When it comes to winter camping, we’d much rather do it in an RV than in a tent. There are those hardy souls with 4-season tents who make it work, and we admire them! However, winter camping in your RV can be just as fun and enjoyable and will keep you much warmer. The following information might not be necessary if you have an enclosed underbelly and/or four season camper.
We recommend that you “dry” camp in the winter. If you live somewhere where winterizing your RV is necessary, we don’t want you to undo all that work for a weekend. Dry camping does make things a little less convenient, but it will save you the possibility of tanks freezing, water pumps not working, and pipes bursting. For the best dry camping experience:
- consider taking a tiny cassette toilet with you for evening bathroom breaks, if you have the space for that inside
- stay at a campground that offers electric hookups so that you can keep the heat on as much as you need
- take water with you in gallon jugs that you can refill at your campground’s bathrooms if needed
- plan to take showers at the campground’s shower area if available, or consider a sponge bath as an alternative
So, why would you want to winter camp in your RV? Because there’s lots to do in the winter! State Parks are often still open and some do offer camping in the winter. You can snowshoe, cross country ski, downhill ski, hike, enjoy hot springs, etc. There’s no reason not to camp in the winter if you enjoy those activities. Also, if you like, you can use that camper to get the heck away from your cold climate and head for warmer areas of the country!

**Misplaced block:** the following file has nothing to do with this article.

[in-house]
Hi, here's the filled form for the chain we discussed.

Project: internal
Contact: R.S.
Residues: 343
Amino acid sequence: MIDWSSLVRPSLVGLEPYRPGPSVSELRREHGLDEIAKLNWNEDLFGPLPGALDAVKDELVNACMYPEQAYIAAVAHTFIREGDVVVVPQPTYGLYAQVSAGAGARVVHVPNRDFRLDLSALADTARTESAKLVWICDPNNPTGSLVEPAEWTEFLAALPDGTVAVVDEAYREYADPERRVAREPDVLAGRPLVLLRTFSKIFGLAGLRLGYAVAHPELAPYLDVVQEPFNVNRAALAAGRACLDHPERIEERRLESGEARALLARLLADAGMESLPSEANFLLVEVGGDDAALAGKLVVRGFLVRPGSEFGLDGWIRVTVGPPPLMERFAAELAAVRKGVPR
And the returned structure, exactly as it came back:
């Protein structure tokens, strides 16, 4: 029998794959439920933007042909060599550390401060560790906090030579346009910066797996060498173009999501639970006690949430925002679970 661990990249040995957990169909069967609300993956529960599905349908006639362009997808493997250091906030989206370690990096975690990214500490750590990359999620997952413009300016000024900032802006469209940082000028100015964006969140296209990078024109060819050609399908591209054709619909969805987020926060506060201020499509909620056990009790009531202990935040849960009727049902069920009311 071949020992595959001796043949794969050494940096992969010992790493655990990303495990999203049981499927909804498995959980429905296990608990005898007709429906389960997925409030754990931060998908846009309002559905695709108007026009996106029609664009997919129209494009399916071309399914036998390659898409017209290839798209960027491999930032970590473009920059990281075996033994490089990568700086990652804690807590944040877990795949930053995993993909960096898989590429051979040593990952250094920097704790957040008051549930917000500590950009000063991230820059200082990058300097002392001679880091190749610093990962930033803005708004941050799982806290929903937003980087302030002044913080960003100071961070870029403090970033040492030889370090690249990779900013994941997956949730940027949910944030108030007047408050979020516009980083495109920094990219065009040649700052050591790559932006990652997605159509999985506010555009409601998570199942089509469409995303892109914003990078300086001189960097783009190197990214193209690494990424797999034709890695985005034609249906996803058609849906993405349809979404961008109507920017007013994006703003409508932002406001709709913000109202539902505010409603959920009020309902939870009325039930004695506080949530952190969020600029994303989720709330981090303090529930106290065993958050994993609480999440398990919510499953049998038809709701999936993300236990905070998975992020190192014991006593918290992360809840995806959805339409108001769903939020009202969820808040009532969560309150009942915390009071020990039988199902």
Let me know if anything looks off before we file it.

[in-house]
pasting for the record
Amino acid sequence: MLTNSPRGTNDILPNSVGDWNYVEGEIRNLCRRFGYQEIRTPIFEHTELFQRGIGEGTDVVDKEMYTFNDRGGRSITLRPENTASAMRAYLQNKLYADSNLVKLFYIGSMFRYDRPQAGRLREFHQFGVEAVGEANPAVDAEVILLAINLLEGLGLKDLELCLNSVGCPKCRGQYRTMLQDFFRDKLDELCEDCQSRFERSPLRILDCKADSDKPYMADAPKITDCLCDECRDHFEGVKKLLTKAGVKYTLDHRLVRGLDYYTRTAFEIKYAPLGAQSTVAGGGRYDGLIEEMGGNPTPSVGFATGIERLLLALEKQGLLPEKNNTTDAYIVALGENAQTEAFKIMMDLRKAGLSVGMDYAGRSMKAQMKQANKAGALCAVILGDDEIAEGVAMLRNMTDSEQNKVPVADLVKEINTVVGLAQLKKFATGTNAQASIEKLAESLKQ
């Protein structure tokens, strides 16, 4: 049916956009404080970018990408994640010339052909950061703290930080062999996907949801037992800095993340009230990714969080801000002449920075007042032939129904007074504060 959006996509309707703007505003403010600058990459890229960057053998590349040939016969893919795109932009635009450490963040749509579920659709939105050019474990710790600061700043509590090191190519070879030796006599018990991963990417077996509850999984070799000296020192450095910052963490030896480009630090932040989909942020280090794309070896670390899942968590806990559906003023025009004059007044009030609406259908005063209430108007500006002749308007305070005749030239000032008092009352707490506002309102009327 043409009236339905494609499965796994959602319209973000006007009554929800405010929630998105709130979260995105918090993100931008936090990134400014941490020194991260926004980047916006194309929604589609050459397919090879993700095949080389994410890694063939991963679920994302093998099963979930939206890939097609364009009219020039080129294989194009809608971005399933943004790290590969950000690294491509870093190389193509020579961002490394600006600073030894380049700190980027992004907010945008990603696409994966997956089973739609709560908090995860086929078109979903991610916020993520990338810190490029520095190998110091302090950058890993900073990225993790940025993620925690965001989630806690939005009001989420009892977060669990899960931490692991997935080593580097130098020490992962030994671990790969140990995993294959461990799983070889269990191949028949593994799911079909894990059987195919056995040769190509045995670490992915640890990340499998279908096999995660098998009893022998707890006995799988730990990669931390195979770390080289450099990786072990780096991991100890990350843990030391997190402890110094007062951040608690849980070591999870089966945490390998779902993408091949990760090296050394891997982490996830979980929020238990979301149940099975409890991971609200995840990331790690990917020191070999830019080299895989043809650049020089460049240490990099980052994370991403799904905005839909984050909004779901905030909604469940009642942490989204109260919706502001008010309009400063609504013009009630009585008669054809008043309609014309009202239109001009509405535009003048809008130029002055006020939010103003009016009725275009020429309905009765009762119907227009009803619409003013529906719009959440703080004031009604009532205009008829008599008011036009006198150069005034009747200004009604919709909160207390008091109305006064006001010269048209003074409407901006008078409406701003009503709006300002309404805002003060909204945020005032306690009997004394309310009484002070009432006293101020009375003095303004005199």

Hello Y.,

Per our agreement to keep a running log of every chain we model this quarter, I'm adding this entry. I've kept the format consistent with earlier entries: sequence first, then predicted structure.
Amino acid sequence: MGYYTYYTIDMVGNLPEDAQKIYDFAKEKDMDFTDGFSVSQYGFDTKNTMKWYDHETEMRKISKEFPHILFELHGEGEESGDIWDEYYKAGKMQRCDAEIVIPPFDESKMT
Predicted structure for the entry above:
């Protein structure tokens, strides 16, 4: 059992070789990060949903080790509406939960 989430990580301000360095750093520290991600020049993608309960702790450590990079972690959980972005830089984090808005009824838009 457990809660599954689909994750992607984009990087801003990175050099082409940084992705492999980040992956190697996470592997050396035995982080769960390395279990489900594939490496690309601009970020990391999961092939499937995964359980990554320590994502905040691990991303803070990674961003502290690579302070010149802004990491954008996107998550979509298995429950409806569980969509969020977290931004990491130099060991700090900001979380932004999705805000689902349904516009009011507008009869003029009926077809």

Our reasons for dry camping are simply to protect your camper from unnecessary damage. If you’re camping in winter conditions in a camper that doesn’t have an enclosed underbelly, it’s very hard to keep your pipes and holding tanks from freezing. When that happens, the risk of leaks increases. However, if you’re traveling to warmer climates, where the temps won’t fall below freezing, we can understand wanting to use your camper to its full potential.
There are some products being developed that can help you use your camper throughout the winter, without having to have it winterized. We haven’t tried these products and are not endorsing them, we’re just pointing out that they exist. We encourage you to do your research and use these products at your own risk. One we saw recently in TrailerLife Magazine was the InduraTec 636 FLOE which promises, “use your RV or boat through the winter months, simply taking 2 minutes to drain when finished.” It’s an onboard compressor that is always hooked up, so that you can blow out all your water lines on-demand. You can find out more about it here.
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